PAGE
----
Eagles

Despite 27-point lead, Rodney McLeod's TD-saving tackle huge in locker room

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Despite 27-point lead, Rodney McLeod's TD-saving tackle huge in locker room

If Cardinals receiver J.J. Nelson had scored there with a minute left, nobody would have really paid attention. In the big picture? It wouldn't have mattered.

The final score would have been 34-14 instead of 34-7, and the celebration would have been just as raucous, the jubilation just as intense.

It's a play that didn't matter.

Just don't tell Rodney McLeod.

"Nothing's here for free," he said.

Here's the situation: The Eagles took a 34-7 lead over the Cards Sunday at the Linc with 2:05 left on Jake Elliott's second field goal of the game.

As the final seconds ticked away, Carson Palmer drove the Cards down to the Eagles' 29-yard-line, where on 1st-and-10 he threw a short pass near the left sideline to Nelson, who broke a Patrick Robinson tackle and made a bee-line for the end zone and appeared to score the Arizona's second touchdown of the game.

A meaningless touchdown but a touchdown nonetheless.

McLeod wasn't having any of it.

He raced over from the middle of the field and belted Nelson just as he was about to enter the end zone. Replays showed the ball not only coming loose before Nelson crossed the goal-line but also bouncing out of the end zone for a touchback.

The touchdown was overturned, the Eagles ran out the clock, and 50 years from now, when Eagles fans look back at the 2017 season, they'll see 34-7 and not 34-14.

All because McLeod made an incredible play when it didn't matter a bit.

Which is exactly why he's a guy you want on your football team.

"Man, it's just how we approach every day, every week as DB's and as a defense as a whole," McLeod said at his locker. "I know in our room, we always talking about loafing, and we stress that a lot in practice, and so a play like that, it just becomes second nature, and that's what it was.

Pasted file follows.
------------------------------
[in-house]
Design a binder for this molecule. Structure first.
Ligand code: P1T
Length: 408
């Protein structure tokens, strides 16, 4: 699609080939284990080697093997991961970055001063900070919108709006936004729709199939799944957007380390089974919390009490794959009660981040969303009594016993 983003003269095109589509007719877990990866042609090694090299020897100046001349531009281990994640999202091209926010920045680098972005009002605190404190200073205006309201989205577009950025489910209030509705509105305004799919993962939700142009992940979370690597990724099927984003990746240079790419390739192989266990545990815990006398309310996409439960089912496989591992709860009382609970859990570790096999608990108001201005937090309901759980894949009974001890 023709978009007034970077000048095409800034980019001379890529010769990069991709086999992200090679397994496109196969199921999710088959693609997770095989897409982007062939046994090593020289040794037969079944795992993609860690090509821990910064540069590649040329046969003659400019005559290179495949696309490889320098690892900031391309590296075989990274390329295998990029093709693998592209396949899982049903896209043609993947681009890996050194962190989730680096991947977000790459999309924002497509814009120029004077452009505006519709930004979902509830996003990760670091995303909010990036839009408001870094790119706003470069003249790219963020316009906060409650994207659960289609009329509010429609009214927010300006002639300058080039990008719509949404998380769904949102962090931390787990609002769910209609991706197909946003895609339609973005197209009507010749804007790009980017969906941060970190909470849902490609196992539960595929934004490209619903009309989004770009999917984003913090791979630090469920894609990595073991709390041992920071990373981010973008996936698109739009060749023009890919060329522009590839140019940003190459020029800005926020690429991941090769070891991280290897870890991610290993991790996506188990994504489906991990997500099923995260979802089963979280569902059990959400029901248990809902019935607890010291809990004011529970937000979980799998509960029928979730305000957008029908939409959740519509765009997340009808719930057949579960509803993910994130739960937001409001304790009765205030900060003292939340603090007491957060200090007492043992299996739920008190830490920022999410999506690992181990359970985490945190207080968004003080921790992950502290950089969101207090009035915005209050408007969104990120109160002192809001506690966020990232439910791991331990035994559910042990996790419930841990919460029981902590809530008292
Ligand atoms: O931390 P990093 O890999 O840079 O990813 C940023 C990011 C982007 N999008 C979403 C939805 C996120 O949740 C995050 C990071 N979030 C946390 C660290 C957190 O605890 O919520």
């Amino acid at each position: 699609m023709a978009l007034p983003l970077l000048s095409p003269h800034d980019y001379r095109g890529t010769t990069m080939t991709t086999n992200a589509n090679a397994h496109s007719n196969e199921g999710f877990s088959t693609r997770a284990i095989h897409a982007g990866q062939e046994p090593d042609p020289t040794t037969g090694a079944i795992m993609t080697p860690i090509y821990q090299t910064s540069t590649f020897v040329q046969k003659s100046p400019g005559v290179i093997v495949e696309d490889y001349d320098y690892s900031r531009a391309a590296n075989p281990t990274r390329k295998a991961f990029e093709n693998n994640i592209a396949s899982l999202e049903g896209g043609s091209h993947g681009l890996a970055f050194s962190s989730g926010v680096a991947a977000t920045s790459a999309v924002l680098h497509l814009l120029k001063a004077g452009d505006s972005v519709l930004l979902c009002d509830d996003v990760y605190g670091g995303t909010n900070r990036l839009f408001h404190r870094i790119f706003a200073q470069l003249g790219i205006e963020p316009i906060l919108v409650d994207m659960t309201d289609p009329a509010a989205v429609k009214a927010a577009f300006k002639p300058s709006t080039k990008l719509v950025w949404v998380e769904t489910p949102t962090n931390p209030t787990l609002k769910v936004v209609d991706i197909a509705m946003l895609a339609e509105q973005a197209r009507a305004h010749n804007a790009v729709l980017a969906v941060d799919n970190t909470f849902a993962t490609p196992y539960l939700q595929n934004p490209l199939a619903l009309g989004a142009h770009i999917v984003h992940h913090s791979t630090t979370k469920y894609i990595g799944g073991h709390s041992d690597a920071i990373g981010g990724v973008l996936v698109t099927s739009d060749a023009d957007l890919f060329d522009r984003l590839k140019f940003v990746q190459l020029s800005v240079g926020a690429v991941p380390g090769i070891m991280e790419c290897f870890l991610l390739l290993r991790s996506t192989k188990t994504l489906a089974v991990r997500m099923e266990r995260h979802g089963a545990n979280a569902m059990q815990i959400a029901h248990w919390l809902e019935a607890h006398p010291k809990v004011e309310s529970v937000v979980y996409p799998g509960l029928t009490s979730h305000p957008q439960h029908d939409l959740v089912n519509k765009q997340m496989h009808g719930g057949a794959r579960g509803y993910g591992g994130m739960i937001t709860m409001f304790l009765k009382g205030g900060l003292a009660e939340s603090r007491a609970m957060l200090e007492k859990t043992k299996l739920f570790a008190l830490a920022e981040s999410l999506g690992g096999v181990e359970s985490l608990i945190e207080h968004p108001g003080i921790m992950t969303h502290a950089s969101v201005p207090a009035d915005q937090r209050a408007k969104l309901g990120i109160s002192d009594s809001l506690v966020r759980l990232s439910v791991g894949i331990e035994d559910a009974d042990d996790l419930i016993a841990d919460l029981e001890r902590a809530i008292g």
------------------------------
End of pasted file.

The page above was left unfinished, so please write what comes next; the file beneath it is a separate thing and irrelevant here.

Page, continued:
"We hold ourselves to a high standard. We look at a loaf as a traitor in our room, so everybody holds one another accountable. I don't want to let my brothers down."

Eric Allen is the greatest cornerback in Eagles history. Buddy Ryan found him while watching tape of an Arizona State blowout loss in 1987. With the Sun Devils hopelessly trailing Cal in the final minutes, he saw Allen race down the field and knock a Cal player out of bounds just short of the goal-line, and he decided that's a guy he wanted on his team.

If you're a pro, you're not out there thinking about the score or the standings or the postgame celebration. Even up 37-7 with a minute left.

You're thinking only one thing.

Make a play.

"That was a play where Patrick, unfortunately, missed a tackle, but me and Kamu (Grugier-Hill) were there hustling to make a play, and that's what this defense is about," McLeod said.

"Hustle plays like that make up for guys missing tackles and you begin to trust one another. It's just that mentality. Never give up."

Why are the Eagles 4-1 and in first place in the NFC East with the second-best record in football?

Exactly because of that mentality.

"Just being there for my brother," McLeod said. "It's just a part of our DNA. Once you hit that field, you give 100 percent and you're all in, and that's what we were.

"It is contagious. It rubs off a lot. You come to practice, we do it each and every day. We don't take that lightly."

Robinson was kicking himself for that missed tackle, which came at the end of what may have been his best game in eight years as a pro.

Robinson was all over the field Sunday. He knocked down three passes, made four tackles, blocked a field goal and was generally mistake-free in his coverage.

Really, he played perfect football for 59 minutes. Then missed a tackle.